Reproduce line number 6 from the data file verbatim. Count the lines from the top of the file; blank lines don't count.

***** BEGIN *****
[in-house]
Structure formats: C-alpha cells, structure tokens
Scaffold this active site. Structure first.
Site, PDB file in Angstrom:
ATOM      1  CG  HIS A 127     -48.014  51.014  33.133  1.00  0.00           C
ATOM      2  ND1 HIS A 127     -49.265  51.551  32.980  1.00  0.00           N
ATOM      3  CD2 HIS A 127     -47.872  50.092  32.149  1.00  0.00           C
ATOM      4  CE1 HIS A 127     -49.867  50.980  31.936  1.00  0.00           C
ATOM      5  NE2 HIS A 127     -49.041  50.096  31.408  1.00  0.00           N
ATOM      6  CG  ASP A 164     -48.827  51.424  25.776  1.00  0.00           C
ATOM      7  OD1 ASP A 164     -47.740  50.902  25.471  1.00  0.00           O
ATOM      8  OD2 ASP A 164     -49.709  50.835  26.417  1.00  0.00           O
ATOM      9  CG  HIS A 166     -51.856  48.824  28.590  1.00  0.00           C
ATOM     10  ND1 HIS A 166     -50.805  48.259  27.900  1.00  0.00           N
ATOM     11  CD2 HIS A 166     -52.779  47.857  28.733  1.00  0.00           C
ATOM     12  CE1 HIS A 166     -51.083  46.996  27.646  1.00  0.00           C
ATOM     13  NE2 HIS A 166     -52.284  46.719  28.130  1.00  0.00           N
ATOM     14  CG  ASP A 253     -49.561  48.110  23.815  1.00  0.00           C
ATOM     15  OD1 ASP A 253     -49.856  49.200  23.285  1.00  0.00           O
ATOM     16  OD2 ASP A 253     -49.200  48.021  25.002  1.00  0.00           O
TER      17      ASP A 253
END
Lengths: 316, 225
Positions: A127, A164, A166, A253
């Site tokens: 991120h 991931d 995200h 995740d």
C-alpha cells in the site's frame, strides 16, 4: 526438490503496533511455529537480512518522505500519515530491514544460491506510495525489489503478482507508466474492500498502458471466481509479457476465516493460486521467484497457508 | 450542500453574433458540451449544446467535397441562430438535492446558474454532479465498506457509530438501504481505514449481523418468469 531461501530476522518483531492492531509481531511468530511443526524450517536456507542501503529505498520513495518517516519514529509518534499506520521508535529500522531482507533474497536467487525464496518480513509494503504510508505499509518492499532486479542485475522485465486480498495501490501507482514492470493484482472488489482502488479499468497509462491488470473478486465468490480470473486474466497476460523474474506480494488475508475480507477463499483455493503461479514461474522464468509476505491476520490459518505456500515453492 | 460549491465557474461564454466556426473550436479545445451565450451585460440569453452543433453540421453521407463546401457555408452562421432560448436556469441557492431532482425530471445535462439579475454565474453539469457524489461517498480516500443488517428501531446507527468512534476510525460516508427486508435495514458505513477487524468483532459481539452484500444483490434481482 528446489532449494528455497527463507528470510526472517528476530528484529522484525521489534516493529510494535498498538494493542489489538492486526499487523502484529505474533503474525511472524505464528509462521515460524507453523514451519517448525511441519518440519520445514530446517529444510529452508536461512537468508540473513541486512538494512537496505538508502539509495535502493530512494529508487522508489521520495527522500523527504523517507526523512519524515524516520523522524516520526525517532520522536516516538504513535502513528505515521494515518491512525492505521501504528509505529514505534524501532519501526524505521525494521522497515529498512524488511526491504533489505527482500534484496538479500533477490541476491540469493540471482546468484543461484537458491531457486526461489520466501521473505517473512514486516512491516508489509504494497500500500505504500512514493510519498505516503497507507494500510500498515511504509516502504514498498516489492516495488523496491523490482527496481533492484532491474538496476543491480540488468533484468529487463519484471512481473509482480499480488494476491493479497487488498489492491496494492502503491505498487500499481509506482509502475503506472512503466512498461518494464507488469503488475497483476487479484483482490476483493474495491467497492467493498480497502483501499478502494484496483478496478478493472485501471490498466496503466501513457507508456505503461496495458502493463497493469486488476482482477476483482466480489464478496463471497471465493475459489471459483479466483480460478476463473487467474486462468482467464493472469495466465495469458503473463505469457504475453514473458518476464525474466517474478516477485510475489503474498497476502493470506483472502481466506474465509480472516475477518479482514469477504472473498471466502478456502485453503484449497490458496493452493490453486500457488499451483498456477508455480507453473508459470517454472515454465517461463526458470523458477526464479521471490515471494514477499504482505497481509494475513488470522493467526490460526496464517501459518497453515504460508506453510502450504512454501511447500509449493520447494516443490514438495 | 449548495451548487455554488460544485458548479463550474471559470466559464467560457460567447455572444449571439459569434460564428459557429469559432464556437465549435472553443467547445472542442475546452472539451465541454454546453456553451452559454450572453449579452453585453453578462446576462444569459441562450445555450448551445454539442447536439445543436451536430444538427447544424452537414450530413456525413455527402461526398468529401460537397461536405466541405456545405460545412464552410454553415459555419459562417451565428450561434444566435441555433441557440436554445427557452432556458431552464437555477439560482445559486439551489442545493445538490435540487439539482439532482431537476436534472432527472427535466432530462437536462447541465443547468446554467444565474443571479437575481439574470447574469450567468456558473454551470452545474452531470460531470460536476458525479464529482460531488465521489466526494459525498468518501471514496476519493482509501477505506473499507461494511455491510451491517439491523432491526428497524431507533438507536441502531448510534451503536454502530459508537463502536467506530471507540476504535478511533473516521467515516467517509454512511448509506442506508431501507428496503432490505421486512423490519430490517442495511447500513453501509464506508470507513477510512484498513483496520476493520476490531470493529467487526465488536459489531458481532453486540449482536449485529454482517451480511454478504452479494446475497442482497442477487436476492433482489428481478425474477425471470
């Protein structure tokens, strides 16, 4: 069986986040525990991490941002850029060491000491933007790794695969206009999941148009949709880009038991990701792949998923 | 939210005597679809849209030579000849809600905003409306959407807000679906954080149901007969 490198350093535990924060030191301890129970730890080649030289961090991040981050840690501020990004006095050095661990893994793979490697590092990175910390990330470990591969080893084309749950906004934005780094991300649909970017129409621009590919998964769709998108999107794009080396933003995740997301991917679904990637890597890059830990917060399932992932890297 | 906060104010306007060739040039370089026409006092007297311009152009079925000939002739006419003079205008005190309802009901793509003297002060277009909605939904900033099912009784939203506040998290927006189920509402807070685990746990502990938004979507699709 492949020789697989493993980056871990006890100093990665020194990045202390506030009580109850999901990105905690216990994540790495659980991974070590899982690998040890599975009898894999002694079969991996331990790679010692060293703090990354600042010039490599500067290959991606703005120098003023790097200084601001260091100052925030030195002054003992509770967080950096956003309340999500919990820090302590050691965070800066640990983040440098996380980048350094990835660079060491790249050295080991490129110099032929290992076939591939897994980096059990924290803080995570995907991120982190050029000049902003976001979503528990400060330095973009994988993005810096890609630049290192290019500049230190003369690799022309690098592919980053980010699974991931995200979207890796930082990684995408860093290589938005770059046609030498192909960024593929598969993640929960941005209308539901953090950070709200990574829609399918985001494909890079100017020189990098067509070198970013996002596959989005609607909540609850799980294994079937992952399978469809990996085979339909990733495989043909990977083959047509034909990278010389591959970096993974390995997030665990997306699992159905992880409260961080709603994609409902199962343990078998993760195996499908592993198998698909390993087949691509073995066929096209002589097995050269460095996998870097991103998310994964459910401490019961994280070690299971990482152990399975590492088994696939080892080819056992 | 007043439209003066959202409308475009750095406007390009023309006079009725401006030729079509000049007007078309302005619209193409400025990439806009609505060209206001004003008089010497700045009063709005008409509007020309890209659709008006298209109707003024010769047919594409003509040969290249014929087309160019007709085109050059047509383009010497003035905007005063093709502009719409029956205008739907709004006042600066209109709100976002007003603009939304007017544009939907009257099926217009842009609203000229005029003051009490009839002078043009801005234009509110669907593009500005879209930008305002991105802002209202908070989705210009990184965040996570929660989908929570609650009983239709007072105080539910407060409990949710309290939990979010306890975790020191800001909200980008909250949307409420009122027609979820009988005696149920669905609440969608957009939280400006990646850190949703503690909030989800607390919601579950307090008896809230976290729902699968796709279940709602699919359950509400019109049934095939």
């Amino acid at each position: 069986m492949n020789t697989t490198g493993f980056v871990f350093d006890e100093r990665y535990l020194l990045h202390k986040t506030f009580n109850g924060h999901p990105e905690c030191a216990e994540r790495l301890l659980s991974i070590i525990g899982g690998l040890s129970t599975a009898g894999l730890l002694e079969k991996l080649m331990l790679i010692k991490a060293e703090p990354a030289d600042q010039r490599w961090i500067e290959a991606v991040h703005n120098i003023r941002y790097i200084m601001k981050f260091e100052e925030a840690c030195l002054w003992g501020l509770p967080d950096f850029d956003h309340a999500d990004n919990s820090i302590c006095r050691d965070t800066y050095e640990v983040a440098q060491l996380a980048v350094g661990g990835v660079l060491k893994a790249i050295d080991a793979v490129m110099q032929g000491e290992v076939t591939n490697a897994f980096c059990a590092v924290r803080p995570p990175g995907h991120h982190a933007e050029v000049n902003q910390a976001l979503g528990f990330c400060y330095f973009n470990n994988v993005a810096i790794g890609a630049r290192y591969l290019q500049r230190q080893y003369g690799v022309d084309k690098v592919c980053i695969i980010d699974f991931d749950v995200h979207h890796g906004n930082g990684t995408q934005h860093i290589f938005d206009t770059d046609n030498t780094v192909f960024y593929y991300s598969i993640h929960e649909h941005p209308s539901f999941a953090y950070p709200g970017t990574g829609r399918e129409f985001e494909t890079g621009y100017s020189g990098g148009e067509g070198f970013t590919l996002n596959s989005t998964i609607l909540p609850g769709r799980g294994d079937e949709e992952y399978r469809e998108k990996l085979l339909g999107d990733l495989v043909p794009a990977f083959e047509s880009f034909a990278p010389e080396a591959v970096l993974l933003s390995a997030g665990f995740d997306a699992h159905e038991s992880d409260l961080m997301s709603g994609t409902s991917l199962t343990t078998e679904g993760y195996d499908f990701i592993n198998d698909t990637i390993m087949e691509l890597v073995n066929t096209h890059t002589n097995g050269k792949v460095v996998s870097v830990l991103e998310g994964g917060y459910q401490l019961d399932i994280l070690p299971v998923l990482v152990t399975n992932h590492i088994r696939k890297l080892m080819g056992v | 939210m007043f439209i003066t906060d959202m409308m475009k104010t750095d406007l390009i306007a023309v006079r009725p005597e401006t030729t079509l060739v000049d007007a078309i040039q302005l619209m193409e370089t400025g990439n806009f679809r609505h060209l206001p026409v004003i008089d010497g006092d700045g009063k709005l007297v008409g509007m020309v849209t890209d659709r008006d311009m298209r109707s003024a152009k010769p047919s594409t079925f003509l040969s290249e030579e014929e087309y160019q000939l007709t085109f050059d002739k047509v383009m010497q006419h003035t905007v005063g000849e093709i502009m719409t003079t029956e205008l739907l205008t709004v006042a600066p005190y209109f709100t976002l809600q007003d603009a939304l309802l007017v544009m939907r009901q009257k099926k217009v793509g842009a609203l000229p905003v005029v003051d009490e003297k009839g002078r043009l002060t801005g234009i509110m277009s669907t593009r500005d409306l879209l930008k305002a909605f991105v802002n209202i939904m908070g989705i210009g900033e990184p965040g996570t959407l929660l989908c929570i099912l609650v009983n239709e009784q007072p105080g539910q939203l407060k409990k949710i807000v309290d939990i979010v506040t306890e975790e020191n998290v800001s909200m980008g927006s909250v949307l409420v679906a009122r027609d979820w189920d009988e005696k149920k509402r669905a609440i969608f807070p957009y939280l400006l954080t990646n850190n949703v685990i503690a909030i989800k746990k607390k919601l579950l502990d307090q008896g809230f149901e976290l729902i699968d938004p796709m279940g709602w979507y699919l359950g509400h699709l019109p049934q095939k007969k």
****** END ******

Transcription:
ATOM      2  ND1 HIS A 127     -49.265  51.551  32.980  1.00  0.00           N